Today I started working at my uncle's, where he's a bit short handed, but in a not-drastic-because-it's-December sort of way. So we're fixing a combine, but it's a combine that's being fixed in the shop, at a fairly relaxed pace, rather than a combine that we're fixing in a field in the middle of the night because we need to get harvest finished before it snows again.
The first is much better than the second, let me assure you.
It's also reassuring and heart-warming to work for someone who actually cares about being fair, honest, and good-willed toward the people he employs and/or works with.
You see, today I also got an email from a client, who shall remain nameless, for whom I've been doing some "freelance" audio operating hours.
There's a dispute over the "implied" inclusion of overtime compensation in the contract... a standing contract that was written for a totally different kind of event with totally different kinds of hours. A contract that they've already begun "paring down" with agressive negotiating tactics (under the correct assumption that I wouldn't complain "because, after all, he's such a giving and understanding sort of guy...") Overtime billing wasn't a problem for the same event last year, so I didn't think it would be a problem this year. I also don't think it should be a problem at all, since my overtime hourly rate is probably less than they would be billed for standard-time by any other "freelance" operator I've ever worked with. (If they can't afford to pay contractors a cut-rate fee... why aren't they soliciting volunteers instead???)
So when they asked me to re-submit my invoice, I was a little bit... upset.
It's not actually the fact that they're cheap enough to cut overtime pay that's upsetting, it's the fact that they're using a technicality to do so. The argument is something I'd expect from an insurance company:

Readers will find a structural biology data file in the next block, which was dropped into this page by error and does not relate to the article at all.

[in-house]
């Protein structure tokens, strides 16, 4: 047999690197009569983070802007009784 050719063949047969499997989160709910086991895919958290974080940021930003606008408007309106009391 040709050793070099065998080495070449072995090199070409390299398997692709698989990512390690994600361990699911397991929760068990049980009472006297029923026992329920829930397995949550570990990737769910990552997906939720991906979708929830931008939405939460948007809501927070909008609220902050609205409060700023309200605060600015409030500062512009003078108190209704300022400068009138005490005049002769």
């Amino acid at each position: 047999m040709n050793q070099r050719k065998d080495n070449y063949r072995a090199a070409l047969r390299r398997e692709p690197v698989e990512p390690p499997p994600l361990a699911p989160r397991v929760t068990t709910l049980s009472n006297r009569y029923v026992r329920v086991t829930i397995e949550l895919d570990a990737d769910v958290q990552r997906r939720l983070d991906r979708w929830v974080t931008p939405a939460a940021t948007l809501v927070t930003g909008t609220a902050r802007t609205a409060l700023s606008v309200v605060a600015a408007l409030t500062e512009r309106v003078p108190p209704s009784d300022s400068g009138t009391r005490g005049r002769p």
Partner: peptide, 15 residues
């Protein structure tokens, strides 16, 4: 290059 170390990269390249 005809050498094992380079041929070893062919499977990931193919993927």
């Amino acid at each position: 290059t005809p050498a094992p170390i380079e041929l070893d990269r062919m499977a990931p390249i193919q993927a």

(To be read in the voice of Bill Lumbergh)
Yeah, about that invoice... see, our contract doesn't say anything about overtime, so... well, we won't actually pay you for overtime. Now, we really do value the fact that you worked a fourteen-hour day for us during a busy week, but... yeah, see, we can't just go and pay you extra for that. If you'd like to re-negotiate your contract with the people in HR for next time this sort of thing comes up, I'm sure the front desk can give you their number. So anyway... if you can just go ahead and send us a new invoice without the overtime hours, that'd be great.I realize that the organization is used to working with volunteers for much smaller events, and is probably wondering exactly how they're going to squeeze all of the expenses out of the budget for the event next year. I realize that many of the people I was working with were probably working for an honorarium, and certainly covering their own expenses. I realize that the people who organize the event have to maintain a full-time job "on the side" to afford to give the service they do to the people who attend their events. I'm empathetic--I've organized and participated in "charitable" and not-for-profit events with minimal budgets, it's very tricky. Bless their hearts for the service they provide.
If the issue had been handled in a more... tactful manner, I might have appreciated it enough to negotiate a different rate. If they had asked, I might even have offered to volunteer most of the event, or at the very least to help find/train volunteers I trust.
What offends me is that someone who talks about "charity" and "blessing" and "a servant's heart" will turn around and niggle over a reasonable bit of employee (sorry, "contractor") compensation because they have a 50/50 chance legally and reasonable confidence that the
The worst kind of legalism isn't in the people who demand that we follow rules all of the time, it's in the people who abide by rules whenever it suits them.